If A Team Is Full Of Leaders, Who Follows?

When you think of leaders and the concept of leadership, it’s not strange to then wonder who the leaders are leading. Those being led might be termed followers, but that doesn’t necessarily mean they are any less worthy or diminished; no less leaders themselves. How is that possible you might wonder.

In some organizations those in positions of leadership occupy the senior positions in the organization; positions which come with the highest salaries, the biggest offices, the most prestigious titles. They may exercise that leadership reserving the right to make all the big decisions; and they may also establish a culture where everyone is acutely aware of their role in the organization. Those in upper management and at the top have all the authority and the right to wield it, while those on the front lines are subjected to it and have few if any opportunities to demonstrate leadership on the job.

Now this kind of organizational structure and the culture that goes with it might suit a certain segment of the population. Kick and claw your way to the top and these are the perks that you’ll find bestowed on yourself when you, ‘arrive’. Then you get to lead with a whip in your hand and lord that authority over those beneath you. Well, that might be a tad over dramatic but you get the point; leadership is confined to those with the loftier job titles such as CEO, President, Chair, etc.

Is it possible however for an organization to encourage leadership principles and grow leaders no matter where they fall on the organization chart? Is that not only possible but desirable? Would this erode the power and authority of the folks at the top and create chaos and confusion if everyone led? And with so many leaders, would there be a drop in productivity if no one saw themselves as a lowly follower?

Wow…good questions.

Of course there are examples in our society where those at the top do in fact encourage those they supervise to grow and develop principles of leadership. These organizations are progressive; believing that by encouraging their staff to experience the responsibility and empowerment of leadership, they do their organization and the people who work within it a great service. Those same people grow as individuals, share their strengths and ideas, and when positions arise that require leadership skills, the people are more prepared having experienced leadership opportunities in their past.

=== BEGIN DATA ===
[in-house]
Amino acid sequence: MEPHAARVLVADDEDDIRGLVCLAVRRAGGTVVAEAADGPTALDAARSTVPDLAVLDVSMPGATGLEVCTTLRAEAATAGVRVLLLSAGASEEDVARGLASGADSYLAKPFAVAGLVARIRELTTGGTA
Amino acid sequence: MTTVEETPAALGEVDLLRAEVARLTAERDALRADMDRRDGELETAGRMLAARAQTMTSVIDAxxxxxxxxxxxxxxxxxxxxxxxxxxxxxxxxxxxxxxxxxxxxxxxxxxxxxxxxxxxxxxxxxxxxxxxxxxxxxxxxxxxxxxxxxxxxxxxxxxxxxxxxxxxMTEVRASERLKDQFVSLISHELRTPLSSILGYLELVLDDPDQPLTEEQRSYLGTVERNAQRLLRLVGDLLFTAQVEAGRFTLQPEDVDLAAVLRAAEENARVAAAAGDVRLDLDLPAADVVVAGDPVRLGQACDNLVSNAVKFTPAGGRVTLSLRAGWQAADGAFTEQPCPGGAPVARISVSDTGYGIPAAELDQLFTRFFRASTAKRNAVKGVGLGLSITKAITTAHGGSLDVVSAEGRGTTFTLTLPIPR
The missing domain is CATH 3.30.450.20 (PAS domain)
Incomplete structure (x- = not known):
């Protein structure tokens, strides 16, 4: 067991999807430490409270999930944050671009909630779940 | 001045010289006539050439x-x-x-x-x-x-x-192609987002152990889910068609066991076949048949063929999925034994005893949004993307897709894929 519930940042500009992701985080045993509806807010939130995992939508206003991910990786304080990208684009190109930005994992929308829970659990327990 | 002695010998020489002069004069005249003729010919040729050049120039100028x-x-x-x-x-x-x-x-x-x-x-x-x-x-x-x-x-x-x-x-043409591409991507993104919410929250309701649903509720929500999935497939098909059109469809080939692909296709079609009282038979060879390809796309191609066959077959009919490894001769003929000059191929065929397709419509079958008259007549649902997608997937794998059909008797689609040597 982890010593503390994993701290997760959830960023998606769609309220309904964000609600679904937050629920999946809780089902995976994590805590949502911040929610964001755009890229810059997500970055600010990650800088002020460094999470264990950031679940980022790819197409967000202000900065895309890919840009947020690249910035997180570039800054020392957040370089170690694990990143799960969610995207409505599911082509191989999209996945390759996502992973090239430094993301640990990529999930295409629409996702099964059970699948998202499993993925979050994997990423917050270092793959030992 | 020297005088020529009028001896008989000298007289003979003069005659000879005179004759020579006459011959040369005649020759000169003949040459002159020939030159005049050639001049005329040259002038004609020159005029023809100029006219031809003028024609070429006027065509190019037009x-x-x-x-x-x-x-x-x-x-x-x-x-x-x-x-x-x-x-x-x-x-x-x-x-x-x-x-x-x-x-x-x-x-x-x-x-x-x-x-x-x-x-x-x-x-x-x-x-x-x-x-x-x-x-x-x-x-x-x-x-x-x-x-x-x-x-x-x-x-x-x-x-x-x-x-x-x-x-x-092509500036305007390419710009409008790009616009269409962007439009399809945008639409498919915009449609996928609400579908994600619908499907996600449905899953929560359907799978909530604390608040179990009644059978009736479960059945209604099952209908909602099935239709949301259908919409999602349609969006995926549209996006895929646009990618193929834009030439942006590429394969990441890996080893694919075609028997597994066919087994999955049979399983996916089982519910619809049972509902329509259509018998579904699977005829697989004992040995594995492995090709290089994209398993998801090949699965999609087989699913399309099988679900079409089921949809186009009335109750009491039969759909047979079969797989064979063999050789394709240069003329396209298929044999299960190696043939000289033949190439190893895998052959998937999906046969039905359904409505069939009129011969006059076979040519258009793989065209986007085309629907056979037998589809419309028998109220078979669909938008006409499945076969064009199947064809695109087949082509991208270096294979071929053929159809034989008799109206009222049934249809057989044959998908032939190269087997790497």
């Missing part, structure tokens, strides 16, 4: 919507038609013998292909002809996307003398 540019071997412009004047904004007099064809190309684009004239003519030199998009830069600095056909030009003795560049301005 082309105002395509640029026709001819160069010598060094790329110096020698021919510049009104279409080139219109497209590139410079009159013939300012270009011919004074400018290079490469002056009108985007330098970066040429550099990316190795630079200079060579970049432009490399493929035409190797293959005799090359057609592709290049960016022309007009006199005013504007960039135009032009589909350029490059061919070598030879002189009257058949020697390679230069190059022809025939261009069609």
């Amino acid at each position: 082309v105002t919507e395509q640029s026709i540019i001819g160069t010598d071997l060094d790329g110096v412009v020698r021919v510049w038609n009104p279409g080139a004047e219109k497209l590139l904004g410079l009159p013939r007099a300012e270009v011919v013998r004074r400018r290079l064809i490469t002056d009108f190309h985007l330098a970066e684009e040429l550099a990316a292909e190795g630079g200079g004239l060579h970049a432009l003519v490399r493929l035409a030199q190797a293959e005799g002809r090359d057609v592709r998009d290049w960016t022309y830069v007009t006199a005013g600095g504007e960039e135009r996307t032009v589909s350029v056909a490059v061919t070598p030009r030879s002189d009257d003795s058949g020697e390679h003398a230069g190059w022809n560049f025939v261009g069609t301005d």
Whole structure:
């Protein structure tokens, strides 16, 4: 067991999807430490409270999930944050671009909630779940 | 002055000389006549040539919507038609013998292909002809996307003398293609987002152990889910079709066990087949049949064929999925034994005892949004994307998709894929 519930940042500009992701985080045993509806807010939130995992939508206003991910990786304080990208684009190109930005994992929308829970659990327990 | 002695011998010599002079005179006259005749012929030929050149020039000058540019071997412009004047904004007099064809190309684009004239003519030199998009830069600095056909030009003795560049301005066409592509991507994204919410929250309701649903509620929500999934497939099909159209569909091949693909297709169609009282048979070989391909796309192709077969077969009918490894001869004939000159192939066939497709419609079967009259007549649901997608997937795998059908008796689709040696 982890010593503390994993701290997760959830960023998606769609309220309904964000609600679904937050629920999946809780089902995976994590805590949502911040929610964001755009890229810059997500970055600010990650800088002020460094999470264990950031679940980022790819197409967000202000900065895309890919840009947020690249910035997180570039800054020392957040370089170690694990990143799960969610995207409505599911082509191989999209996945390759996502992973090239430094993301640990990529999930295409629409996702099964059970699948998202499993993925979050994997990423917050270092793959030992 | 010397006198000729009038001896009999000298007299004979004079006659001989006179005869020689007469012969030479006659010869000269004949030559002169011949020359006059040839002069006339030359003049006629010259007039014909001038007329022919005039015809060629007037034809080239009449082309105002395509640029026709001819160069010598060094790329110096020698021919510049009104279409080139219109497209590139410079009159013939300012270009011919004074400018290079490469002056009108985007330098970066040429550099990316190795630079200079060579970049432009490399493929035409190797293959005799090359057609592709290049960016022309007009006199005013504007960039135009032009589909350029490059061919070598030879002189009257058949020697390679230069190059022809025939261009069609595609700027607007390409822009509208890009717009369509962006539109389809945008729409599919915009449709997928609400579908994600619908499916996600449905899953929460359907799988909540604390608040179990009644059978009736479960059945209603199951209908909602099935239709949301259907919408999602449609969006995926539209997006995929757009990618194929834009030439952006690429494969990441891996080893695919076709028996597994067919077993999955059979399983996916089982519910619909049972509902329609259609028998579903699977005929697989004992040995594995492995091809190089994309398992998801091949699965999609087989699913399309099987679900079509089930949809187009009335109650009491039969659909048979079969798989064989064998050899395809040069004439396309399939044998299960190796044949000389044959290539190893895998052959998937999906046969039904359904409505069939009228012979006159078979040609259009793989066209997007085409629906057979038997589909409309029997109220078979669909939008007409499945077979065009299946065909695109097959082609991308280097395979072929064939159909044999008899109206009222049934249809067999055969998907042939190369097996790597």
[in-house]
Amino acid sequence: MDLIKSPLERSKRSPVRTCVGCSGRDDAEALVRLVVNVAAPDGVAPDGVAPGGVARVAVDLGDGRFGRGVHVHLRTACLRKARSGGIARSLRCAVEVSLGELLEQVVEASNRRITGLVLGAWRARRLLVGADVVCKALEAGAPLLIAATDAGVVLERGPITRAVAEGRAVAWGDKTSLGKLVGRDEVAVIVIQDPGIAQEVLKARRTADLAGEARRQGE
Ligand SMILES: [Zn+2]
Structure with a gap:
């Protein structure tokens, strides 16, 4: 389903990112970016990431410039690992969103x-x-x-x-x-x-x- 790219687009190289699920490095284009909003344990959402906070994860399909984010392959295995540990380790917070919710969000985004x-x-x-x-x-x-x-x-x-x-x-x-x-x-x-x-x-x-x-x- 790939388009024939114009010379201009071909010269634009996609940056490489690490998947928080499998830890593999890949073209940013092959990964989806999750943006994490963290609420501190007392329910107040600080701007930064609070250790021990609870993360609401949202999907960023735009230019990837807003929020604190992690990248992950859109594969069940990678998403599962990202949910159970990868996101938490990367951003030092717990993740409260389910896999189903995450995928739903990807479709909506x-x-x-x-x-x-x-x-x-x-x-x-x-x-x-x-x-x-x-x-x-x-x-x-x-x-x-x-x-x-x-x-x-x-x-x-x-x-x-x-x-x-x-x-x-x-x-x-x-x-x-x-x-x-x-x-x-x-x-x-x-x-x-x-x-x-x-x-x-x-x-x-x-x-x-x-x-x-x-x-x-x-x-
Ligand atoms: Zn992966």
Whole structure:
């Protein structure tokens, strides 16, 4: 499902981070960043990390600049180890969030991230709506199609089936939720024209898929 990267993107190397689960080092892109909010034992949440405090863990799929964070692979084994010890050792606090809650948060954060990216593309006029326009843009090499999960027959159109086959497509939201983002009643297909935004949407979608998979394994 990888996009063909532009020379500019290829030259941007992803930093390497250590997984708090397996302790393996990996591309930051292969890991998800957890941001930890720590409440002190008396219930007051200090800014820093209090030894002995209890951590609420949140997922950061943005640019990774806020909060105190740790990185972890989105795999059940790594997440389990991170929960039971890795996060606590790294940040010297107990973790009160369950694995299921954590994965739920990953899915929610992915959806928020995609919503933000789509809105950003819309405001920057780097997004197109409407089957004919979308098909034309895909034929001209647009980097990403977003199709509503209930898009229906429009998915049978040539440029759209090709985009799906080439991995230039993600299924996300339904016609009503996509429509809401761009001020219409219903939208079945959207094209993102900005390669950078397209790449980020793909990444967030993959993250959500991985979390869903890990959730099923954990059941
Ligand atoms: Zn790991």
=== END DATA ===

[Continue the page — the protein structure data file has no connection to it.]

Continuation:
Most organizations are focused on high productivity. Whether it’s making as many products as possible during a shift, reducing the number of defects or accidents which occur over a given period or selling additional services with customers purchases, the goal is higher productivity. In organizations where everyone feels like they have permission to exercise some leadership without fear of reprisal, the workers themselves at all levels feel they can contribute with suggestions to maximize production. Often it is the people doing the work on the front line who know first-hand where improvements can be made. Speaking up and saying, “I’ve got an idea”, is a positive development.

Now sure in some companies that person with an idea might be told to speak privately with a higher-up who could then steal that idea and present it as their own taking credit for it in the process. The person with the original idea may then feel resentment, betrayal, and as a result be dissuaded from venturing forth new ideas for fear of a repeat performance.

In the best of circumstances, the person with the idea gets to share it and those who hear it the opportunity to ponder it, add to it, modify it; maybe even try it. While the idea might be sound, the implementation of the idea itself might require some massaging but when rolled out, the source of the idea is credited with the innovation which improved productivity  and the result is others are encouraged to bring forward ideas of their own and voila; shared leadership!

The best leaders are often those in positions of authority who hold the utmost respect from those on their team precisely because they share and encourage leadership from those they supervise. So you might find a team of workers where the chair of the team meetings rotates from week to week. You might find that not only is an employee allowed to go to a conference or training event but they get the opportunity upon returning to the workplace to put some of what they learned into practice.

The thing is that shared leadership doesn’t have to threaten the Supervisor, Manager, Vice-President or CEO. In fact, the opposite is the case. Shared leadership where an entire team is developed both as a unit and as individuals within a unit can promote that same Supervisor as an effective leader to be promoted; their methods to be copied.

Leadership can and does ebb and flow between individuals in many organizations; you take the lead on one project, I take the lead on the next. I learn from you, you learn from me and we both benefit not only when leading but when being led. Being led need not be subjecting ourselves to a minor role. And those in receipt of the products, the services; those consumers and customers – they have some of the best ideas which good leaders take to heart.

Leadership doesn’t always come with a name tag.      

Written By Kelly Mitchell

If A Team Is Full Of Leaders, Who Follows? was originally published @ Employment Counselling with Kelly Mitchell and has been syndicated with permission.

Photo by hang_in_there


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